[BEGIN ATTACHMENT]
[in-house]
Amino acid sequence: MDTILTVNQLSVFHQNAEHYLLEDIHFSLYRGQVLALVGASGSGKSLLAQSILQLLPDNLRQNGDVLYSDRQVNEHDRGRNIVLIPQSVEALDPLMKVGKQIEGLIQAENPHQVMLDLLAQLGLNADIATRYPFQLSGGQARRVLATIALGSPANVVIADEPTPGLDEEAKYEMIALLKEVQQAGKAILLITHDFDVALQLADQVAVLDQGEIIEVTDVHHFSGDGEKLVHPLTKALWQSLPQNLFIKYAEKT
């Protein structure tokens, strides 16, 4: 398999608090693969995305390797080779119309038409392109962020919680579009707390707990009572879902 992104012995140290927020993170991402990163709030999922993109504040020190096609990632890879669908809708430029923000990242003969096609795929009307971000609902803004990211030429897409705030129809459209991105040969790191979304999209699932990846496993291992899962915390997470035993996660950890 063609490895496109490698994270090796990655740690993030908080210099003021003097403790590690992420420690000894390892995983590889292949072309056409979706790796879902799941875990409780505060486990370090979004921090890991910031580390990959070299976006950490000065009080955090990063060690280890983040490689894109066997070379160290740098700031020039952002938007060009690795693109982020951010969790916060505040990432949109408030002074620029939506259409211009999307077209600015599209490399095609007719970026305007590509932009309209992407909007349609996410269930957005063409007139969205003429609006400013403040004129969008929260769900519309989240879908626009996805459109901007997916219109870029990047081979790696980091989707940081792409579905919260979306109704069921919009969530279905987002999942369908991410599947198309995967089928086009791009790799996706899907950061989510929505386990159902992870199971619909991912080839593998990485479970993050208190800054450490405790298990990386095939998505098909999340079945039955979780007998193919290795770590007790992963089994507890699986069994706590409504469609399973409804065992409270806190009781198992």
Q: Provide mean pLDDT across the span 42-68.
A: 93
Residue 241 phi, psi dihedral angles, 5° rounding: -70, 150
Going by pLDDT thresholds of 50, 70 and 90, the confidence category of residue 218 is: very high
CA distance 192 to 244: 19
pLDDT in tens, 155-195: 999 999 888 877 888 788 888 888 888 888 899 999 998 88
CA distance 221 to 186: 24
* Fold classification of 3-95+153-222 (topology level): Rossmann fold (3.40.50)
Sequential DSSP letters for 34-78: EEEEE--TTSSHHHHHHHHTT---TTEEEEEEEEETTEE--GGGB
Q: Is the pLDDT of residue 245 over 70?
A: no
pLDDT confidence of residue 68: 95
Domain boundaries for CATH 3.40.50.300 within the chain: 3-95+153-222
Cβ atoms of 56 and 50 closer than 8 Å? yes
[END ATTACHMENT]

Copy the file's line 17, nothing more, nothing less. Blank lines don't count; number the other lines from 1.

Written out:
Cβ atoms of 56 and 50 closer than 8 Å? yes